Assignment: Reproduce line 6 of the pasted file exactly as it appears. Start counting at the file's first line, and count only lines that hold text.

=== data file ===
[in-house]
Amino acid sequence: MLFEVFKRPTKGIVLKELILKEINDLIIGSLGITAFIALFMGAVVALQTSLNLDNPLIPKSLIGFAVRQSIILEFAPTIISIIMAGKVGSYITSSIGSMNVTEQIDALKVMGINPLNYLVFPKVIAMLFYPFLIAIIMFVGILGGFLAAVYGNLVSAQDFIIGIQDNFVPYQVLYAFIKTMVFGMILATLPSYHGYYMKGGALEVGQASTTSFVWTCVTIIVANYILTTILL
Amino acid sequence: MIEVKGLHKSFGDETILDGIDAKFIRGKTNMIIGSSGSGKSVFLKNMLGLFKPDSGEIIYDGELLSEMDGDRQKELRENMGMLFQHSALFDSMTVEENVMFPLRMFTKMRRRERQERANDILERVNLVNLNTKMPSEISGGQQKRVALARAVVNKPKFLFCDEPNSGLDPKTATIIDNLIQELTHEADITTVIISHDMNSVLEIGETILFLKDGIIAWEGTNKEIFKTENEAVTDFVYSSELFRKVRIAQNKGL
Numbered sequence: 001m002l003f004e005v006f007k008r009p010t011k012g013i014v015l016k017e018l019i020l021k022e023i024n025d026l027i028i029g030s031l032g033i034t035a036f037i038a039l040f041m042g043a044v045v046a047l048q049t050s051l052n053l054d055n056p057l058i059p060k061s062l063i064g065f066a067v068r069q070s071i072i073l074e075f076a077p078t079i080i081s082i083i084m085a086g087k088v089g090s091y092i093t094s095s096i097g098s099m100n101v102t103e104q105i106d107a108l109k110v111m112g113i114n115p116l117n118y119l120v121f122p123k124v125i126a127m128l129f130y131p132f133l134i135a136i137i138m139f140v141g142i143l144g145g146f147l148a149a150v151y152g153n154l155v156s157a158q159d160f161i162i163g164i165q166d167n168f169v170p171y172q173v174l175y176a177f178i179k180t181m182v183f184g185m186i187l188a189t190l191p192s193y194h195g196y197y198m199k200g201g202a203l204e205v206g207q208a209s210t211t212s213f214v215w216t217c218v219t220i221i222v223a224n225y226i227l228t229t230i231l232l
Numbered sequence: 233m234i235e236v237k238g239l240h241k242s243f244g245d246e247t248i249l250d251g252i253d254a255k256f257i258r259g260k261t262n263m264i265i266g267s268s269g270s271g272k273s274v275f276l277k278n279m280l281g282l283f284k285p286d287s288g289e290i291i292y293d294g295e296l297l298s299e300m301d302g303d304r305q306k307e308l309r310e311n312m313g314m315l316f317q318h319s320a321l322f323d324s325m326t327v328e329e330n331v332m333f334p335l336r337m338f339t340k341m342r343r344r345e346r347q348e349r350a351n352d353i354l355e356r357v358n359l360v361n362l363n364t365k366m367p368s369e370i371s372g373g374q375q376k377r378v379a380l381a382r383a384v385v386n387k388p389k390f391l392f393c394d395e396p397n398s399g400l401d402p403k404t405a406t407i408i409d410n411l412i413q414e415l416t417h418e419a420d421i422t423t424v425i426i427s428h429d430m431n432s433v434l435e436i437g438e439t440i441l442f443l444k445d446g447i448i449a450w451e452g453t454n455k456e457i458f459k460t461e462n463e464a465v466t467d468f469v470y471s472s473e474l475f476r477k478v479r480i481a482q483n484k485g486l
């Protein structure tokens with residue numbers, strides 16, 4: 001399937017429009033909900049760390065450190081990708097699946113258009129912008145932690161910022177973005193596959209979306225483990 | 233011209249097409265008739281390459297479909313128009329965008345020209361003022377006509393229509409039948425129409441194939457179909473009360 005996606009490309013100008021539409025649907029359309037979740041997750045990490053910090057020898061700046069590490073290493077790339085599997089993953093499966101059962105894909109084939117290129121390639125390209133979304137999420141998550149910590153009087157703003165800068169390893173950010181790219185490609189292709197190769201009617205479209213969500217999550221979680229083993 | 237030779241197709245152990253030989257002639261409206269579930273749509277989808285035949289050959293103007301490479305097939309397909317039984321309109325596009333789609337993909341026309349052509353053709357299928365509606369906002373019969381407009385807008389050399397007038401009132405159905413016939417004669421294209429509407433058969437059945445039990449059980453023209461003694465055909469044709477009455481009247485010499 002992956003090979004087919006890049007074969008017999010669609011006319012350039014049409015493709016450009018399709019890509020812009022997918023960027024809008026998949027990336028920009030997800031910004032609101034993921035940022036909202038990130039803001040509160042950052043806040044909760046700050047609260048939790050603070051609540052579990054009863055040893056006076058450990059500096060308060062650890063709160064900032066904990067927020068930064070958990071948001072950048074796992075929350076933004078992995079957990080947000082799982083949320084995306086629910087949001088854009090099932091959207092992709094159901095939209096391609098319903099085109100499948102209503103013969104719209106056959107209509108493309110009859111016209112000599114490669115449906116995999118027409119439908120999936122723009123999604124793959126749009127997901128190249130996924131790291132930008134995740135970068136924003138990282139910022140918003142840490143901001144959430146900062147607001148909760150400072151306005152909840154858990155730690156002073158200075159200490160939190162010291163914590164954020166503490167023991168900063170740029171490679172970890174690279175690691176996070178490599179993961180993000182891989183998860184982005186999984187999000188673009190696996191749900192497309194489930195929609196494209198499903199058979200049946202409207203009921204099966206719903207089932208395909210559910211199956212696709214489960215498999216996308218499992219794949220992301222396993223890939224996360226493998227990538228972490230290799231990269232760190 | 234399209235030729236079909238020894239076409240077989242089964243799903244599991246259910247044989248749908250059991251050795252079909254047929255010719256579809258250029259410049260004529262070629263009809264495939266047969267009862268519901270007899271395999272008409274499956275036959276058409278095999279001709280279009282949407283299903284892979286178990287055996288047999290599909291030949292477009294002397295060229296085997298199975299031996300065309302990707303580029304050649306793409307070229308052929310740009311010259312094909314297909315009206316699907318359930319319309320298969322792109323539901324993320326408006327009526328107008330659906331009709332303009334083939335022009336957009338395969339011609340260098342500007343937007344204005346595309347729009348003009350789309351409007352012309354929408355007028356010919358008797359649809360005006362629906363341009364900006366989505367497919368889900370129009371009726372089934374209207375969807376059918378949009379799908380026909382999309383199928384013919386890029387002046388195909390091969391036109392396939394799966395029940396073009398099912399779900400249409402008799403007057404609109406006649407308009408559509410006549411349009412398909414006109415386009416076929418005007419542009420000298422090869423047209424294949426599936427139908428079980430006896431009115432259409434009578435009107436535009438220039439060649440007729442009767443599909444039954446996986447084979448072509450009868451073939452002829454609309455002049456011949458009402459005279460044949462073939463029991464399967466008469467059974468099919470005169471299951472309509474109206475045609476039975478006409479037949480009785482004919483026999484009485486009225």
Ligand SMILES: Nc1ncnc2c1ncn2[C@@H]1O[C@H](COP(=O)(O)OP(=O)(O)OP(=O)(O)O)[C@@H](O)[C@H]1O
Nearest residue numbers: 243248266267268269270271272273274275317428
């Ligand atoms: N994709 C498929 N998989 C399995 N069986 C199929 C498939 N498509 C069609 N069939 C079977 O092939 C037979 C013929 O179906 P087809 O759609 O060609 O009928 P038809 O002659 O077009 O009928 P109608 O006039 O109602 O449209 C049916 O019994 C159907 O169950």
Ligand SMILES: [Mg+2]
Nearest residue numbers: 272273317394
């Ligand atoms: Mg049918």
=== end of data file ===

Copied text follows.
């Protein structure tokens with residue numbers, strides 16, 4: 001399937017429009033909900049760390065450190081990708097699946113258009129912008145932690161910022177973005193596959209979306225483990 | 233011209249097409265008739281390459297479909313128009329965008345020209361003022377006509393229509409039948425129409441194939457179909473009360 005996606009490309013100008021539409025649907029359309037979740041997750045990490053910090057020898061700046069590490073290493077790339085599997089993953093499966101059962105894909109084939117290129121390639125390209133979304137999420141998550149910590153009087157703003165800068169390893173950010181790219185490609189292709197190769201009617205479209213969500217999550221979680229083993 | 237030779241197709245152990253030989257002639261409206269579930273749509277989808285035949289050959293103007301490479305097939309397909317039984321309109325596009333789609337993909341026309349052509353053709357299928365509606369906002373019969381407009385807008389050399397007038401009132405159905413016939417004669421294209429509407433058969437059945445039990449059980453023209461003694465055909469044709477009455481009247485010499 002992956003090979004087919006890049007074969008017999010669609011006319012350039014049409015493709016450009018399709019890509020812009022997918023960027024809008026998949027990336028920009030997800031910004032609101034993921035940022036909202038990130039803001040509160042950052043806040044909760046700050047609260048939790050603070051609540052579990054009863055040893056006076058450990059500096060308060062650890063709160064900032066904990067927020068930064070958990071948001072950048074796992075929350076933004078992995079957990080947000082799982083949320084995306086629910087949001088854009090099932091959207092992709094159901095939209096391609098319903099085109100499948102209503103013969104719209106056959107209509108493309110009859111016209112000599114490669115449906116995999118027409119439908120999936122723009123999604124793959126749009127997901128190249130996924131790291132930008134995740135970068136924003138990282139910022140918003142840490143901001144959430146900062147607001148909760150400072151306005152909840154858990155730690156002073158200075159200490160939190162010291163914590164954020166503490167023991168900063170740029171490679172970890174690279175690691176996070178490599179993961180993000182891989183998860184982005186999984187999000188673009190696996191749900192497309194489930195929609196494209198499903199058979200049946202409207203009921204099966206719903207089932208395909210559910211199956212696709214489960215498999216996308218499992219794949220992301222396993223890939224996360226493998227990538228972490230290799231990269232760190 | 234399209235030729236079909238020894239076409240077989242089964243799903244599991246259910247044989248749908250059991251050795252079909254047929255010719256579809258250029259410049260004529262070629263009809264495939266047969267009862268519901270007899271395999272008409274499956275036959276058409278095999279001709280279009282949407283299903284892979286178990287055996288047999290599909291030949292477009294002397295060229296085997298199975299031996300065309302990707303580029304050649306793409307070229308052929310740009311010259312094909314297909315009206316699907318359930319319309320298969322792109323539901324993320326408006327009526328107008330659906331009709332303009334083939335022009336957009338395969339011609340260098342500007343937007344204005346595309347729009348003009350789309351409007352012309354929408355007028356010919358008797359649809360005006362629906363341009364900006366989505367497919368889900370129009371009726372089934374209207375969807376059918378949009379799908380026909382999309383199928384013919386890029387002046388195909390091969391036109392396939394799966395029940396073009398099912399779900400249409402008799403007057404609109406006649407308009408559509410006549411349009412398909414006109415386009416076929418005007419542009420000298422090869423047209424294949426599936427139908428079980430006896431009115432259409434009578435009107436535009438220039439060649440007729442009767443599909444039954446996986447084979448072509450009868451073939452002829454609309455002049456011949458009402459005279460044949462073939463029991464399967466008469467059974468099919470005169471299951472309509474109206475045609476039975478006409479037949480009785482004919483026999484009485486009225």